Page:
I know I know, I haven't written since Monday. But I have a good excuse! Its tech week/final rehearsal week for the high school variety show (of which I am in charge) and with rehearsals, teaching, and preparing for exam week I've just been swamped and haven't felt like writing when I got home (or in the case of last night, I didn't have time when I got home). But while the blogging world has been whizzing past me at breakneck speed, Brooksfest 2010 has still been going on and thus it must be given its due. However, before we get into that I'd like to point out (even though none of you can come) that my variety show is tonight. I'm very excited about it and the kids are too. Its been a real joy working with them and last night, it finally looked like a real show. I really think that everyone who comes to see it will be greatly impressed (except maybe those who didn't get in this year, I'm apparently still on several enemies lists for that one). There was even one kid who never showed up to rehearsals and was cut, and I could have put one of the kids who didn't get in and wanted to be there in his place. Its too late now though, so next year I'll just have to be more aware of that. Maybe next year I can even make it a little longer, as it seems to go pretty fast this year. Hey, I'm still learning afterall (and by that I mean I've never done a variety show before).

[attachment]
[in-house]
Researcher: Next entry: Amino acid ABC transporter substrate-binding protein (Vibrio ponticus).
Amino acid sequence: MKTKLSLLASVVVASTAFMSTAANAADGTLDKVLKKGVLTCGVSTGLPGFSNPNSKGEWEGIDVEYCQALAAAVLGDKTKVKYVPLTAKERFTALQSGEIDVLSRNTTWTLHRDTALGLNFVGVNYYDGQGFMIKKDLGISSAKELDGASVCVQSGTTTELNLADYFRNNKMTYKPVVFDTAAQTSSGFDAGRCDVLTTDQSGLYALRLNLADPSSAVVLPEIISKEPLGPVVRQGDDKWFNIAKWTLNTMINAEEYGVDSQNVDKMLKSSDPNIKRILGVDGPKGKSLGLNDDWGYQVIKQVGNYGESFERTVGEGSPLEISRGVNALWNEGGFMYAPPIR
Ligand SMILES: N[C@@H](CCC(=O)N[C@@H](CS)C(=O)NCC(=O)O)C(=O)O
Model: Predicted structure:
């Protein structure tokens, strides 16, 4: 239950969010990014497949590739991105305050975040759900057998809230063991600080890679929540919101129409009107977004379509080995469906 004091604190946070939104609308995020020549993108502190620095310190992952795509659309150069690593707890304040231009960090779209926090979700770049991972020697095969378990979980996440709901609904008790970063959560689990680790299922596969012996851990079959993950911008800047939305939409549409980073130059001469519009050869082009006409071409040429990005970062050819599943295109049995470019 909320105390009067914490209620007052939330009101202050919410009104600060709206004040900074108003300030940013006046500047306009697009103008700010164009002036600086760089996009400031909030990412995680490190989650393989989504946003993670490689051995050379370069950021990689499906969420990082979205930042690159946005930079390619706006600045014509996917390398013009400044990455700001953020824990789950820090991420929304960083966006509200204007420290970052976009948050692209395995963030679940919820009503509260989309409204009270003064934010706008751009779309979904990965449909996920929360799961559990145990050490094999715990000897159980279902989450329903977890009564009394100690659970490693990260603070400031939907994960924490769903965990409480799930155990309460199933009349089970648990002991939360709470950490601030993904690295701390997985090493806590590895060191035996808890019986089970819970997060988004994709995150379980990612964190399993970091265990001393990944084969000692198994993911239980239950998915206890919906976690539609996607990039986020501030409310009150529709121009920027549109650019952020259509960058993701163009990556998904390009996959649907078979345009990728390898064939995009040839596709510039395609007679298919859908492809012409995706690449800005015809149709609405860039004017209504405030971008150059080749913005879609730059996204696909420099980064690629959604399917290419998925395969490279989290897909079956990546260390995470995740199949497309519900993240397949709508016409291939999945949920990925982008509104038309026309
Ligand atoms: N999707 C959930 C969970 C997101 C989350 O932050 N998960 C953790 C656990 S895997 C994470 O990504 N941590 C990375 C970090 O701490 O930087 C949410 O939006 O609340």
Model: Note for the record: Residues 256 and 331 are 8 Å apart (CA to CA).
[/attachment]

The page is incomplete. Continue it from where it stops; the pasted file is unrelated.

Anyhoo, for today's entry I wanted to give a shout to yet another lesser known Brooks film...I know, it seems like I'm never gonna get around to talking about Spaceballs or Young Frankenstein...and one that is one of my all time faves. This film is notable in that Brooks produces and stars in the film along side real-life wife Anne Bancroft (the only film they did together aside from Silent Movie) and doesn't direct or have a writing credit. Why is it considered one of his films you ask? Well, because it was brought about by Brooks who had wanted to make it for years (its a remake of an earlier film with Jack Benny) as a dream project (and the great minds at 20th Century Fox saw fit to include it in the DVD 'Mel Brooks Collection'...so who are we to argue with their wisdom?). The film was called To Be or Not to Be and is one of the few cases where the original film was not received with general acclaim (causing the remake to be much less maligned in comparison). The film takes place in Poland during the start of the German occupation of the country during World War II and it is centered around a husband and wife acting team, Frederick and Anna Bronski (Brooks and Bancroft) who are struggling to keep their theater working despite the Nazi interference. When their lives are threatened, and the lives of their Jewish friends, they must use all of their acting talent to impersonate and bluff the Nazis until they can get to safety. In several ways, the film is a departure for Brooks in that it features highly serious moments thrown in with the comedy so one might be able to call it a dramady (this, I feel, cements the film in a reality that exists apart from average Brooks fare). Its also notable as the first film to deal with the idea that homosexuals were persecuted just as much as the Jews in that time (that's where the pink triangle comes from). I really can't praise the film enough...you just need to see it. Sure, its not for everyone, but then...what Brooks film is?